Concrete monoliths provide flexibility in shape and design. They can be cast into various sizes and finishes to mimic the appearance of natural stone. They are an affordable option that is easily customised to suit your design.

Are monoliths easy to install in a garden setting?

How easy it is to install a garden monolith can depend on the size and weight of the monolith, the terrain of your garden, and the resources and equipment available to you. 

Large stone monoliths can be more challenging to install. You may need additional people or specialised equipment to lift and manoeuvre it into position. Assess the size and weight of the monolith you plan to install and ensure you have the necessary resources to handle it.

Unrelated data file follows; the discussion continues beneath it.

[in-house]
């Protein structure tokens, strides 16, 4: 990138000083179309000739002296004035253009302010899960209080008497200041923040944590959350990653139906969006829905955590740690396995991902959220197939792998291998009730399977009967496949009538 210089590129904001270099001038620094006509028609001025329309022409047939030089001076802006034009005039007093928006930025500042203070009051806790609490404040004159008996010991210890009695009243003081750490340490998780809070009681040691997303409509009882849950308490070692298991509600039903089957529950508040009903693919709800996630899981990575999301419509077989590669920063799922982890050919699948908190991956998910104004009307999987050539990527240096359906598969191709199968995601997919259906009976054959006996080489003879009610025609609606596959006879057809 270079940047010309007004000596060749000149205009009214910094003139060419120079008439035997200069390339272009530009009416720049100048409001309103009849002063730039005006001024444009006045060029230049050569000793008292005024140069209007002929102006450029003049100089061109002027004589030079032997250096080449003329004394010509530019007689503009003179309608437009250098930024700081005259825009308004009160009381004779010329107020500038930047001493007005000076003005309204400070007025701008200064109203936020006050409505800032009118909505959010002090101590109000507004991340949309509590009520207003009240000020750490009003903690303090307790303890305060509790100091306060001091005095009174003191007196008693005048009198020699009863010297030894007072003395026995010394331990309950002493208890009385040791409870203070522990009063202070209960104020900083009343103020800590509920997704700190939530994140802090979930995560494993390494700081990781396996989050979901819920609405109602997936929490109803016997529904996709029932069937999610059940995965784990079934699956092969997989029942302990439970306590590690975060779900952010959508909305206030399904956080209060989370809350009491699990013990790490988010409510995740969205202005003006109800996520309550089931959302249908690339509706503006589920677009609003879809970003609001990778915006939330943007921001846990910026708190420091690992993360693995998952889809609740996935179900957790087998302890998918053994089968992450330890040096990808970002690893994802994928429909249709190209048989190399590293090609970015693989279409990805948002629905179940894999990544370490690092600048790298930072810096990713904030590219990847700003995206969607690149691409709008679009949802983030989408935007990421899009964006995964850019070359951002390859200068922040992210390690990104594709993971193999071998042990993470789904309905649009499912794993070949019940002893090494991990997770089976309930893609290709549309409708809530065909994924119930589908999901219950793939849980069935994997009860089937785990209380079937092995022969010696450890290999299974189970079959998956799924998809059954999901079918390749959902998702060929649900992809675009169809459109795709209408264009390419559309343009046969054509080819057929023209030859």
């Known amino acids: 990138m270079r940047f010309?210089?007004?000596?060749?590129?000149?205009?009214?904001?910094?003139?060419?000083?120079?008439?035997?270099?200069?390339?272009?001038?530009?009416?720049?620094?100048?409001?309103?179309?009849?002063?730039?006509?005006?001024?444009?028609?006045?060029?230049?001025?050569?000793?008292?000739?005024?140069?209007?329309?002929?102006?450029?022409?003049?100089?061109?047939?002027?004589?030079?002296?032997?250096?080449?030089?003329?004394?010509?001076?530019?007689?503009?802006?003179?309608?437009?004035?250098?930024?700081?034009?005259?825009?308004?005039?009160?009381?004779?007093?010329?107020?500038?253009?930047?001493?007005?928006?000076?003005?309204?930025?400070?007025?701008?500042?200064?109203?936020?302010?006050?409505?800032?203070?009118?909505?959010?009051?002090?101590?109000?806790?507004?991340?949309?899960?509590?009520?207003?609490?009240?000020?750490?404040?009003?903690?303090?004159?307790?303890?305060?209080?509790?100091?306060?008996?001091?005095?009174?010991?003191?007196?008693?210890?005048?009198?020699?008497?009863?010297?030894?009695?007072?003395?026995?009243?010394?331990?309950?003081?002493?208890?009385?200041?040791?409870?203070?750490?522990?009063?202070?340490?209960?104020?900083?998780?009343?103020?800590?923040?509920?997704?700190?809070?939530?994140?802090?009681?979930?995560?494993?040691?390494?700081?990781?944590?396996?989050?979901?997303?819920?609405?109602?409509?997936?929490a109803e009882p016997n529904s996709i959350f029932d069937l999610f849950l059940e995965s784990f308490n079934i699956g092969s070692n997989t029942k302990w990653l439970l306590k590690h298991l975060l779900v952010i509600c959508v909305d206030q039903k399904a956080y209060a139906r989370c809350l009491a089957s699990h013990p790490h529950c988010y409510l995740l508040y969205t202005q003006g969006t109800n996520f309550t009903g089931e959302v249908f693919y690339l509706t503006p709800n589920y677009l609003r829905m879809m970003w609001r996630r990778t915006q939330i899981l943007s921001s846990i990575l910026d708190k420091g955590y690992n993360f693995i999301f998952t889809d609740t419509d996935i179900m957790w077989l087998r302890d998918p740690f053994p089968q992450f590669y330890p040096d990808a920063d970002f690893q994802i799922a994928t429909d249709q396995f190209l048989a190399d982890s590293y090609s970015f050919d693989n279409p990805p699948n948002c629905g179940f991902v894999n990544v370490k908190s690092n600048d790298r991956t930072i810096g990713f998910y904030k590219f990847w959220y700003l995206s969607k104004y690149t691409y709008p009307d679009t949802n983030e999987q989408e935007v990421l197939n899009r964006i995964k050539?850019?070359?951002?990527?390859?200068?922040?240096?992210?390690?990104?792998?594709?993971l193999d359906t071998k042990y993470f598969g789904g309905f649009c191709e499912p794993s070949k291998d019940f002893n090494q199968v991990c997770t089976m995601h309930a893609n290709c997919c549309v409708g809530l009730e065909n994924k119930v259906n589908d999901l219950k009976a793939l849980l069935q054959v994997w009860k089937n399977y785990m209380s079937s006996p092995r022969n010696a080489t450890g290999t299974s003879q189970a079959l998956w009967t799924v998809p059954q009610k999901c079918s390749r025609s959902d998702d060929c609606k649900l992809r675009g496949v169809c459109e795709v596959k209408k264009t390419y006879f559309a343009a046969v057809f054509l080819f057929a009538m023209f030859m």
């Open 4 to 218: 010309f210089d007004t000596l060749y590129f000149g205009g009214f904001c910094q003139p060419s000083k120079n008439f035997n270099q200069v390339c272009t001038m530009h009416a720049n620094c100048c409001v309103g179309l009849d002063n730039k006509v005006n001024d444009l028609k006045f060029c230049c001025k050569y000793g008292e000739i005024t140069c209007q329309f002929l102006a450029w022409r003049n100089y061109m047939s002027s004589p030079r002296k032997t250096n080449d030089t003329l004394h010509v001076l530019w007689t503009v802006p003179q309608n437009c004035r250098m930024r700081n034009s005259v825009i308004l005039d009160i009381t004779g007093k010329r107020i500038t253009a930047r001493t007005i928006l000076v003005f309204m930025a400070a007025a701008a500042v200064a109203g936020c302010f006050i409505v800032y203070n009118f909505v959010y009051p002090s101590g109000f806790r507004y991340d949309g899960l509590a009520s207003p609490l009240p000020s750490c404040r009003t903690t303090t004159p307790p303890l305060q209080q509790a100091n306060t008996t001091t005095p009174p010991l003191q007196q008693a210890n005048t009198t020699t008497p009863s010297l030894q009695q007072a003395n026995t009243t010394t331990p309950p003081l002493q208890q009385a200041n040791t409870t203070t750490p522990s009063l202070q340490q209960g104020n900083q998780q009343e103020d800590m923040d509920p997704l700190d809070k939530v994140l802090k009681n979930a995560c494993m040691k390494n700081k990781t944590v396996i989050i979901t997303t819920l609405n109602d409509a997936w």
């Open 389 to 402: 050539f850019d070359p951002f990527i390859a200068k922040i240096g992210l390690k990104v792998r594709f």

It would be best if you also considered the accessibility of your garden and the installation site. If there are narrow passages, obstacles, or uneven terrain, it can make the process more tricky. Clearing pathways and ensuring a clear route to the installation area will make things easier.

Adequate preparation is crucial for a successful installation. The site might need excavating and ground levelling to create a stable base for large stone monoliths. You may need to dig a hole or build a foundation to ensure stability.

Depending on the monolith's size and weight, you may need equipment such as cranes or dollies to assist with the installation. Enlisting the help of others, such as friends or professionals, can make the process safer and more manageable.

Safety should always be a priority. Ensure you wear appropriate protective gear, use proper lifting techniques, and follow any instructions or guidelines.